Nanog1 in NTERA-2 and Recombinant NanogP8 from Somatic Cancer Cells Adopt Multiple Protein Conformations and Migrate at Multiple M.W Species




Liu, Bigang
Badeaux, Mark D.
Choy, Grace
Chandra, Dhyan
Shen, Irvin
Jeter, Collene R.
Rycaj, Kiera
Lee, Chia-Fang
Person, Maria D.
Liu, Can

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Human Nanog1 is a 305-amino acid (aa) homeodomain-containing transcription factor critical for the pluripotency of embryonic stem (ES) and embryonal carcinoma (EC) cells. Somatic cancer cells predominantly express a retrogene homolog of Nanog1 called NanogP8, which is ~99% similar to Nanog at the aa level. Although the predicted M.W of Nanog1/NanogP8 is ~35 kD, both have been reported to migrate, on Western blotting (WB), at apparent molecular masses of 29–80 kD. Whether all these reported protein bands represent authentic Nanog proteins is unclear. Furthermore, detailed biochemical studies on Nanog1/NanogpP8 have been lacking. By combining WB using 8 anti-Nanog1 antibodies, immunoprecipitation, mass spectrometry, and studies using recombinant proteins, here we provide direct evidence that the Nanog1 protein in NTERA-2 EC cells exists as multiple M.W species from ~22 kD to 100 kD with a major 42 kD band detectable on WB. We then demonstrate that recombinant NanogP8 (rNanogP8) proteins made in bacteria using cDNAs from multiple cancer cells also migrate, on denaturing SDS-PAGE, at ~28 kD to 180 kD. Interestingly, different anti-Nanog1 antibodies exhibit differential reactivity towards rNanogP8 proteins, which can spontaneously form high M.W protein species. Finally, we show that most long-term cultured cancer cell lines seem to express very low levels of or different endogenous NanogP8 protein that cannot be readily detected by immunoprecipitation. Altogether, the current study reveals unique biochemical properties of Nanog1 in EC cells and NanogP8 in somatic cancer cells.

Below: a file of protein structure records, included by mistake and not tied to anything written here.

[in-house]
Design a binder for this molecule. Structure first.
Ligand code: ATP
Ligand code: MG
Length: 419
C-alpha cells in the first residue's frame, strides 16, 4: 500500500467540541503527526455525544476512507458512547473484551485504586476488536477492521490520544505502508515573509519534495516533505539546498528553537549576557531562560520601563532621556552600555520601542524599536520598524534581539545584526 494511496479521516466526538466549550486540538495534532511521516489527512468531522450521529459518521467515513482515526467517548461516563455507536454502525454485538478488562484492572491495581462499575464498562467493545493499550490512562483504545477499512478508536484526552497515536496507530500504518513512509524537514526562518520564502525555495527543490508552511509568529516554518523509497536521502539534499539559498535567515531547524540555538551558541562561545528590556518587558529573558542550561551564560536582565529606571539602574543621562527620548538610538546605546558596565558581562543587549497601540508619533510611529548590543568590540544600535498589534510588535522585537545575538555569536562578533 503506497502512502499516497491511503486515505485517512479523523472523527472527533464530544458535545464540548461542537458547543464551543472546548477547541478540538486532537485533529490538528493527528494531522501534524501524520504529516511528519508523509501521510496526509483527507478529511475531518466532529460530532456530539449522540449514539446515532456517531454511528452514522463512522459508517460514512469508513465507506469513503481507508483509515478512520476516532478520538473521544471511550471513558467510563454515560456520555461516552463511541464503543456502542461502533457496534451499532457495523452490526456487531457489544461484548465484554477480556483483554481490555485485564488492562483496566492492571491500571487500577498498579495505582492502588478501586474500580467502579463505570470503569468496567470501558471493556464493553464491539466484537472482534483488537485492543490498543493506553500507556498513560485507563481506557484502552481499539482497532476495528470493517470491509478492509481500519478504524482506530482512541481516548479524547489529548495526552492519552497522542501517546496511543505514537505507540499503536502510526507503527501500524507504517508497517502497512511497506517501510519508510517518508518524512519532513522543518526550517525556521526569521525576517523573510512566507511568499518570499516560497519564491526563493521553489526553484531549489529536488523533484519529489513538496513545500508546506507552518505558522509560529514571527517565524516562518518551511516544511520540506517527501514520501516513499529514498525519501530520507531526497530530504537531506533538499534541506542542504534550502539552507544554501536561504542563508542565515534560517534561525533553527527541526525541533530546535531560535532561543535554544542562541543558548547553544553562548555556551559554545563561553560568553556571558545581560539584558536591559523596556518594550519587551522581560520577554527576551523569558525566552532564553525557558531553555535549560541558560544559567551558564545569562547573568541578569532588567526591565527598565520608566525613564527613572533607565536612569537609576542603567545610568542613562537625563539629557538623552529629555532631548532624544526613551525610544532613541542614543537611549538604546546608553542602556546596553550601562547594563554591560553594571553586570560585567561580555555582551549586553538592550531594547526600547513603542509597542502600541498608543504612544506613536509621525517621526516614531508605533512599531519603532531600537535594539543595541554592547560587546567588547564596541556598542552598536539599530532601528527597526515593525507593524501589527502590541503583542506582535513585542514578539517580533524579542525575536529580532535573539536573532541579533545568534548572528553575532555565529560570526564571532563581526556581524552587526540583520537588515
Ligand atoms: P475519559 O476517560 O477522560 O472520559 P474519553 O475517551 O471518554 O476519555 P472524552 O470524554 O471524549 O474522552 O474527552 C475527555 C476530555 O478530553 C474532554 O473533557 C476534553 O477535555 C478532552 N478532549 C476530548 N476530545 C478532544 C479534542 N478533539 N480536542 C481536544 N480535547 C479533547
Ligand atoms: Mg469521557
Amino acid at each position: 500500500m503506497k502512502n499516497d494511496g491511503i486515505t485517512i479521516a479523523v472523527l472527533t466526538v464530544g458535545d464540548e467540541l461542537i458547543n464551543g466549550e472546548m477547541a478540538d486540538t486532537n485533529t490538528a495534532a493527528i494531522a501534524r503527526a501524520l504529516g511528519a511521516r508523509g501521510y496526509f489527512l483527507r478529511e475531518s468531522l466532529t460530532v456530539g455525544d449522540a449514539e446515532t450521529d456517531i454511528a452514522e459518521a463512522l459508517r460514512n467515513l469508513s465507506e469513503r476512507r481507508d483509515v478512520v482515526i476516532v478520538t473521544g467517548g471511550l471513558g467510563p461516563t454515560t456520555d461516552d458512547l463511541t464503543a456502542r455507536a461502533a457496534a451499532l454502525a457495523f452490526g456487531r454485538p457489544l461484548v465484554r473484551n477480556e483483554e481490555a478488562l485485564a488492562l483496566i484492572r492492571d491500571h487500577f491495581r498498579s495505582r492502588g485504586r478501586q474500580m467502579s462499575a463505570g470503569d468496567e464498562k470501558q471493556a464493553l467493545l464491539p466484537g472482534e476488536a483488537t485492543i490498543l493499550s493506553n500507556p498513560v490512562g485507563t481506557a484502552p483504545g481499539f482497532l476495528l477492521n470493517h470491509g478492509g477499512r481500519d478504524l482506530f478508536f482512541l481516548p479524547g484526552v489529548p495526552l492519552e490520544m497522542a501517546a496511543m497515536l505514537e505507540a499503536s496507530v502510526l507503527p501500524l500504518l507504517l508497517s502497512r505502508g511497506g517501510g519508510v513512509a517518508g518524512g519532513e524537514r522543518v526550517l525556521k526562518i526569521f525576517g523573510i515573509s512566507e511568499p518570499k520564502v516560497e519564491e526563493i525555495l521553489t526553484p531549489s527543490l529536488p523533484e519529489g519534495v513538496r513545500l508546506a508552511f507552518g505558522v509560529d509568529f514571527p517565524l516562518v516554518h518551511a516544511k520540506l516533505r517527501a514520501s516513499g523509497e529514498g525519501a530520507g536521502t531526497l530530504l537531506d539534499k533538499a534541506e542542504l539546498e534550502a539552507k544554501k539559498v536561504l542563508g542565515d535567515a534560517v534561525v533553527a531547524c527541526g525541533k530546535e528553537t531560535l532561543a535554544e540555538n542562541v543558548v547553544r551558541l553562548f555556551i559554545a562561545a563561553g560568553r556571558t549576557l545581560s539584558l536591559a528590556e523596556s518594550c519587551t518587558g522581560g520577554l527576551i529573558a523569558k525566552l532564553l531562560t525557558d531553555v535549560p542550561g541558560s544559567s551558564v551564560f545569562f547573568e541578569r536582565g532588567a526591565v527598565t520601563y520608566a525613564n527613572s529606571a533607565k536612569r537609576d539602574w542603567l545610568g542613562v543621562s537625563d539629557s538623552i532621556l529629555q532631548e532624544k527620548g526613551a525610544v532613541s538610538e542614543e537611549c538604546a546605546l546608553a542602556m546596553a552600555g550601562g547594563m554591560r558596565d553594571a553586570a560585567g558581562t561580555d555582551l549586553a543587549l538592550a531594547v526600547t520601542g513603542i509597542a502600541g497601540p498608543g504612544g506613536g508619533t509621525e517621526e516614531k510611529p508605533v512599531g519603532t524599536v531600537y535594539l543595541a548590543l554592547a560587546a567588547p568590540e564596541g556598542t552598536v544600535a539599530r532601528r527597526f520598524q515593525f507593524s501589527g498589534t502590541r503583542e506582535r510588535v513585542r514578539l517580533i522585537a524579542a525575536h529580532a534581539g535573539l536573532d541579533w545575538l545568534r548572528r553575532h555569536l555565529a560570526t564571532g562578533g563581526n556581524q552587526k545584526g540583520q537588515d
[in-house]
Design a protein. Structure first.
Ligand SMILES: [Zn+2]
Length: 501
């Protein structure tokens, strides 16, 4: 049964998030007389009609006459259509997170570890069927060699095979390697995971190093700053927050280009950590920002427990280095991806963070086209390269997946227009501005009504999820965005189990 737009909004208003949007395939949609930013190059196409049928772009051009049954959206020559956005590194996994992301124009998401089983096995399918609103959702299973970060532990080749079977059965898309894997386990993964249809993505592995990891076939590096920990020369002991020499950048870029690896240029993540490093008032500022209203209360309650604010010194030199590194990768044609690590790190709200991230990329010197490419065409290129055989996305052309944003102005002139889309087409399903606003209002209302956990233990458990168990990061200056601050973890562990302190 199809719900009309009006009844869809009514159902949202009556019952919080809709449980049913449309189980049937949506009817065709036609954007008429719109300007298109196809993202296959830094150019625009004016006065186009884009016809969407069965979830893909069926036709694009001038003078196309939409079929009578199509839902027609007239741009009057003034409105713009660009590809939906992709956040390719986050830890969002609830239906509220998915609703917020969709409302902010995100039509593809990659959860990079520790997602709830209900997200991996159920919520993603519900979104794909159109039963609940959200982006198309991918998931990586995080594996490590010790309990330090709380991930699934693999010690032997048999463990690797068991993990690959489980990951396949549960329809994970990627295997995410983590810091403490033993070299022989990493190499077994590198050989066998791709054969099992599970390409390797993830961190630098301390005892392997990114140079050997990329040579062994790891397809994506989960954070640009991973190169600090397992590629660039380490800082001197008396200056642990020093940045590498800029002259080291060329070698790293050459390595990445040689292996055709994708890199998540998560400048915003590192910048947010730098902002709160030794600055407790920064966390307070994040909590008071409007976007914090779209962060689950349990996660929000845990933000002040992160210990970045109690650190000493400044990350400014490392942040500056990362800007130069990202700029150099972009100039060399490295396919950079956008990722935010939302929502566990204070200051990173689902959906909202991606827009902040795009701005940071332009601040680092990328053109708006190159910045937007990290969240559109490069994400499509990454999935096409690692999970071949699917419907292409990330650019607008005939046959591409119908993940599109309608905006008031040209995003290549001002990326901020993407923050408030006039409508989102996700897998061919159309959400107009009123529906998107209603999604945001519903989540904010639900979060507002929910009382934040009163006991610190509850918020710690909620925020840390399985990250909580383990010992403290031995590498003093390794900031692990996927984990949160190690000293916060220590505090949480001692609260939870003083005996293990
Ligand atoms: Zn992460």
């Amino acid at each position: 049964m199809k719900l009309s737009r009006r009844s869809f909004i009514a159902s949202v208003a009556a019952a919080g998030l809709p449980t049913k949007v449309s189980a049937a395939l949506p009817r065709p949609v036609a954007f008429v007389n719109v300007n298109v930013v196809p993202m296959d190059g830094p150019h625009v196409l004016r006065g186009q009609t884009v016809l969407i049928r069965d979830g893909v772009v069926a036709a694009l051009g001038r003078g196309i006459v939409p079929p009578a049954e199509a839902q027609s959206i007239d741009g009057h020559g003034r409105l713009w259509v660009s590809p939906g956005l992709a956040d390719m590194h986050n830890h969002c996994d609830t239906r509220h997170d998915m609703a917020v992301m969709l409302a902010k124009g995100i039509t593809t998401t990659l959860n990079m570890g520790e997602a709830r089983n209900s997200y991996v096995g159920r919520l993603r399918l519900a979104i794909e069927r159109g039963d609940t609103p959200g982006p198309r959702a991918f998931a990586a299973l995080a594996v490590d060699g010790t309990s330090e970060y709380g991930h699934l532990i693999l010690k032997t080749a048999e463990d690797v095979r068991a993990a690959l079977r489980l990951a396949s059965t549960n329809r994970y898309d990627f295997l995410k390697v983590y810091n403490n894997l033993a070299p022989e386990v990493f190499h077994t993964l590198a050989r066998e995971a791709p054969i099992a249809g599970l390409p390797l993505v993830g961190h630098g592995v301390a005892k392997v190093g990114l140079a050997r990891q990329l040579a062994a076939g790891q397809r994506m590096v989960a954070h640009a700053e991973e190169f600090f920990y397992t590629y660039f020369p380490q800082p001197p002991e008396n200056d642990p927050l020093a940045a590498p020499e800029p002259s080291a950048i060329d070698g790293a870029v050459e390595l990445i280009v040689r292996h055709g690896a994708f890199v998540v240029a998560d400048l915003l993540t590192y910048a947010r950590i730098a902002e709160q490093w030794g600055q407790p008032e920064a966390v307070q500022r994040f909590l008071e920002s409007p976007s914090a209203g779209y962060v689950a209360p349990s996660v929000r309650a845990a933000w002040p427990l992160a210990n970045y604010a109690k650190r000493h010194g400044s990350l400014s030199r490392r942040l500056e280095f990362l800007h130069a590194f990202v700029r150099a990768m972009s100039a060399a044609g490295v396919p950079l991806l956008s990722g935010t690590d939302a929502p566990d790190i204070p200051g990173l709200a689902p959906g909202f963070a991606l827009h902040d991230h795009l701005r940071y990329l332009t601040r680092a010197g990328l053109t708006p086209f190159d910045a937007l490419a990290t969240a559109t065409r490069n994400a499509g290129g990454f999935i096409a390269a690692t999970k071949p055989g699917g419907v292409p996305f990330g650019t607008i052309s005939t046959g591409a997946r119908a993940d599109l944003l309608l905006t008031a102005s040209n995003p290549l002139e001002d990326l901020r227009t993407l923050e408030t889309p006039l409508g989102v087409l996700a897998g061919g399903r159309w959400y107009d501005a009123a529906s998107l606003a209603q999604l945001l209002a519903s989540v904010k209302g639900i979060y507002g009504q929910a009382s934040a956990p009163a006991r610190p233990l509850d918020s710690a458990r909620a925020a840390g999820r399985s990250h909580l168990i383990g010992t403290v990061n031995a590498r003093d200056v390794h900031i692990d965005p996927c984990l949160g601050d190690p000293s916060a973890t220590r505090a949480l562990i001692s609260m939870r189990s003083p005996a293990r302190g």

Bigang Liu, Mark D. Badeaux, Grace Choy, Dhyan Chandra, Irvin Shen, Collene R. Jeter, Kiera Rycaj, Can Liu, Yueping Chen, Jianjun Shen, Dean G. Tang, Department of Molecular Carcinogenesis, University of Texas M.D Anderson Cancer Center, Science Park, Smithville, Texas, United States of America
Chia-Fang Lee, Maria D. Person, College of Pharmacy, University of Texas, Austin, Texas, United States of America
Sung Yun Jung, Jun Qin, Department of Biochemistry, Baylor College of Medicine, Houston, Texas, United States of America
Dean G. Tang, Cancer Stem Cell Institute, Research Center for Translational Medicine, East Hospital, Tongji University School of Medicine, Shanghai, China

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Liu B, Badeaux MD, Choy G, Chandra D, Shen I, et al. (2014) Nanog1 in NTERA-2 and Recombinant NanogP8 from Somatic Cancer Cells Adopt Multiple Protein Conformations and Migrate at Multiple M.W Species. PLoS ONE 9(3): e90615. doi:10.1371/journal.pone.0090615